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"I died. And the commandment, which was ordained to life, I found to be unto death. For sin, taking occasion by the commandment, de"ceived me, and by it slew me. Wherefore, "the law is holy; and the commandment holy, just, and good. Was then that which is good made death to me? God forbid. But sin that "it might appear sin, working death in me by "that which is good; that sin by the command"ment might become exceeding sinful. For we "know that the law is spiritual: but I am car"nal, sold under sin." Again, Gal. ii. 19, "For "I through the law am dead to the law, that I "might live unto God."
It is said expressly, that to work this conviction unto death, through the abounding of sin, was the design of the giving of the law. Rom. v. 20, 21. "Moreover, the law entered that the of "fence might abound: but where sin abounded, grace did much more abound.......That as sin hath reigned unto death, even so might grace reign through righteousness unto eternal life, by Jesus Christ our Lord." And these, indeed, were the effects produced under this ministration; sin abounded and reigned among the people unto death. First, it rose with deadly hatred against the administrators and supporters of the law; they thrust Moses away, and took up the tabernacle of Moloch; they killed the prophets, and wise men who were sent unto them; and, at last, they betrayed and murdered the Son of God. And, Secondly, it reacted with a killing stroke upon themselves; some of them were soon pricked in the heart; and the day cometh when all Judah and Jerusalem shall look upon him whom they have pierced, aud shall mourn, and be in bitterness for him, as one who tastes the bitterness of death.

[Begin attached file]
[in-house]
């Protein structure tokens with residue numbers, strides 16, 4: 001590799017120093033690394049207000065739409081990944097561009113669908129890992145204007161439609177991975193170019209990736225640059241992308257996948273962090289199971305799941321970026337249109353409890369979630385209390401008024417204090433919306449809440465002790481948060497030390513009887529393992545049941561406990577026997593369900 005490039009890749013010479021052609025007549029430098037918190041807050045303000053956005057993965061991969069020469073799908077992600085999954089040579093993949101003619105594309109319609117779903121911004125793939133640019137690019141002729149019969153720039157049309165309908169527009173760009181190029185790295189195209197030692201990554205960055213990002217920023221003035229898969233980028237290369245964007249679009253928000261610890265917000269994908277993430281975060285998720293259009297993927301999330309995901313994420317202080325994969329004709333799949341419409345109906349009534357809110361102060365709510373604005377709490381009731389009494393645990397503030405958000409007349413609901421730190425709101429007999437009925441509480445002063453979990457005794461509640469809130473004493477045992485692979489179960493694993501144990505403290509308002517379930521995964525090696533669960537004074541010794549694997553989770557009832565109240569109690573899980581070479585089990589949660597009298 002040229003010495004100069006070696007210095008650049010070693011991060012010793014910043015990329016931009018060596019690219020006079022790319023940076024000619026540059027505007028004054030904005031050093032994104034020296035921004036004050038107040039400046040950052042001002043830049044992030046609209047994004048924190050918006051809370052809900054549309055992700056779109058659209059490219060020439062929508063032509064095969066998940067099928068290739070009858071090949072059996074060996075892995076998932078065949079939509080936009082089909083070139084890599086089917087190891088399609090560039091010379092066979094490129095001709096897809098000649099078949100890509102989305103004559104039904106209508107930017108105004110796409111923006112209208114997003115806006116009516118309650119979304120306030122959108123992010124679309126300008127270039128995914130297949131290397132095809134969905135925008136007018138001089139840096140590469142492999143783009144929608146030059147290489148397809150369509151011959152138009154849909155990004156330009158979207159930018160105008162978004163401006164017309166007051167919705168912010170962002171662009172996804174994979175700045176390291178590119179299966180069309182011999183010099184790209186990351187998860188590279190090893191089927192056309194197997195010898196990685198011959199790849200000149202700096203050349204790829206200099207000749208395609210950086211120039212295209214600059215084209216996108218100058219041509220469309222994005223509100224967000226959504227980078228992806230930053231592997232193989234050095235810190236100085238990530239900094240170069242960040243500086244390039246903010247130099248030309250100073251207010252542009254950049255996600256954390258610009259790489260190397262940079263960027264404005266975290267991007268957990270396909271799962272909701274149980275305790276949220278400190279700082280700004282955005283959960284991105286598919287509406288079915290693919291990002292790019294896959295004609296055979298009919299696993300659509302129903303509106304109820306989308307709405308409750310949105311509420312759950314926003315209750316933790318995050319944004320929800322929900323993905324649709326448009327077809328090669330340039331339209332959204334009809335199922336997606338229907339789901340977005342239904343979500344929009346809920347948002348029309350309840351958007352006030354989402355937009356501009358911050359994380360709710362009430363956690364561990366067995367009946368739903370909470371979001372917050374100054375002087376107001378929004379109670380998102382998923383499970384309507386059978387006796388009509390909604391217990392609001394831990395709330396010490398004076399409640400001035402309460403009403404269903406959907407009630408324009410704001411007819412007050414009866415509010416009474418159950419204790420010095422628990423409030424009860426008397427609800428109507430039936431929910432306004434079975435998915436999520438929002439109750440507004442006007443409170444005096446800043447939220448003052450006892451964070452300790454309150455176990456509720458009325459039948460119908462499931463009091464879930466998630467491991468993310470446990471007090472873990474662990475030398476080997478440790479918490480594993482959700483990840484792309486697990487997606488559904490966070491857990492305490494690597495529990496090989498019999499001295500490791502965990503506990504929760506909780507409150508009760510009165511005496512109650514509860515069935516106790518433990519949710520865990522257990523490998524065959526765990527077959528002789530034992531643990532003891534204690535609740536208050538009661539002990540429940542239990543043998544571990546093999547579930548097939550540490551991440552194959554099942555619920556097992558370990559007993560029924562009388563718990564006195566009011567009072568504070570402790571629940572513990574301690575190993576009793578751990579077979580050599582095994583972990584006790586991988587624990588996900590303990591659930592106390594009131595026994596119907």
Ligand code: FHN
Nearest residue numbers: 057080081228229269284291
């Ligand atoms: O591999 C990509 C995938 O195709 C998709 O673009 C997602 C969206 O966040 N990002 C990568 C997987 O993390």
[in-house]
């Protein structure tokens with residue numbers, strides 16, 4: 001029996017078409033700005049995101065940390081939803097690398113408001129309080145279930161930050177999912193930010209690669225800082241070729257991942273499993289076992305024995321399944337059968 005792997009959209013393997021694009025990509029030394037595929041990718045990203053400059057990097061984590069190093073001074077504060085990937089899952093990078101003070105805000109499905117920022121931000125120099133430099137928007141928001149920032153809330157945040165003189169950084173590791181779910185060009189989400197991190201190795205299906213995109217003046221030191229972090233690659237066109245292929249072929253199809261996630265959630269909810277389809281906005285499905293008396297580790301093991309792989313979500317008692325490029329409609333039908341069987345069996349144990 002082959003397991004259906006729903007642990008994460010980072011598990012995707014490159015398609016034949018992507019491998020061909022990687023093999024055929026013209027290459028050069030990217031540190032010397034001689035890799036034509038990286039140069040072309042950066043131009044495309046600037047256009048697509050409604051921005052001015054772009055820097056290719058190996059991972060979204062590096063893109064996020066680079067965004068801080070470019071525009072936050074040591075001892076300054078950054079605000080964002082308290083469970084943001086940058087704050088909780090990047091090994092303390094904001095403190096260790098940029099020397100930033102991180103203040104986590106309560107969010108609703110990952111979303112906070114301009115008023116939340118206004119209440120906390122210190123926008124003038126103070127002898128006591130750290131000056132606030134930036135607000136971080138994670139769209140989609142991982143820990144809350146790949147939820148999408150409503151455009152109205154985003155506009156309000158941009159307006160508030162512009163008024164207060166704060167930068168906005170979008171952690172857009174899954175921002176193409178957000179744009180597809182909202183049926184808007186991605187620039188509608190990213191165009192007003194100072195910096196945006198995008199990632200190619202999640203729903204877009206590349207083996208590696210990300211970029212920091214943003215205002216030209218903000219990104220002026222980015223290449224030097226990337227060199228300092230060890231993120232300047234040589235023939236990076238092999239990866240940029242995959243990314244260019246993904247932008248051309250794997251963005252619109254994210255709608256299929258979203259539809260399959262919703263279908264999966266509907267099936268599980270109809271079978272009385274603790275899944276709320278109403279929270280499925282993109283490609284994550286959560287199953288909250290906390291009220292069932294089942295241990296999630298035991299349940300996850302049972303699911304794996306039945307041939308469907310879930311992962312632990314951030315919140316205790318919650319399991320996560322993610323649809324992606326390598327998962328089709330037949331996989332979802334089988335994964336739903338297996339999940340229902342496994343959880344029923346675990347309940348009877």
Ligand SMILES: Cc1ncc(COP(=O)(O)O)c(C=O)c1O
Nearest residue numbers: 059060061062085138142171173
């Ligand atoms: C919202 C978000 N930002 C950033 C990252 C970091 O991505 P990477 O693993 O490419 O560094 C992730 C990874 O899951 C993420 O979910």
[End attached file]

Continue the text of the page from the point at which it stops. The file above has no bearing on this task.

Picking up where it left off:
The law, operating so powerfully against the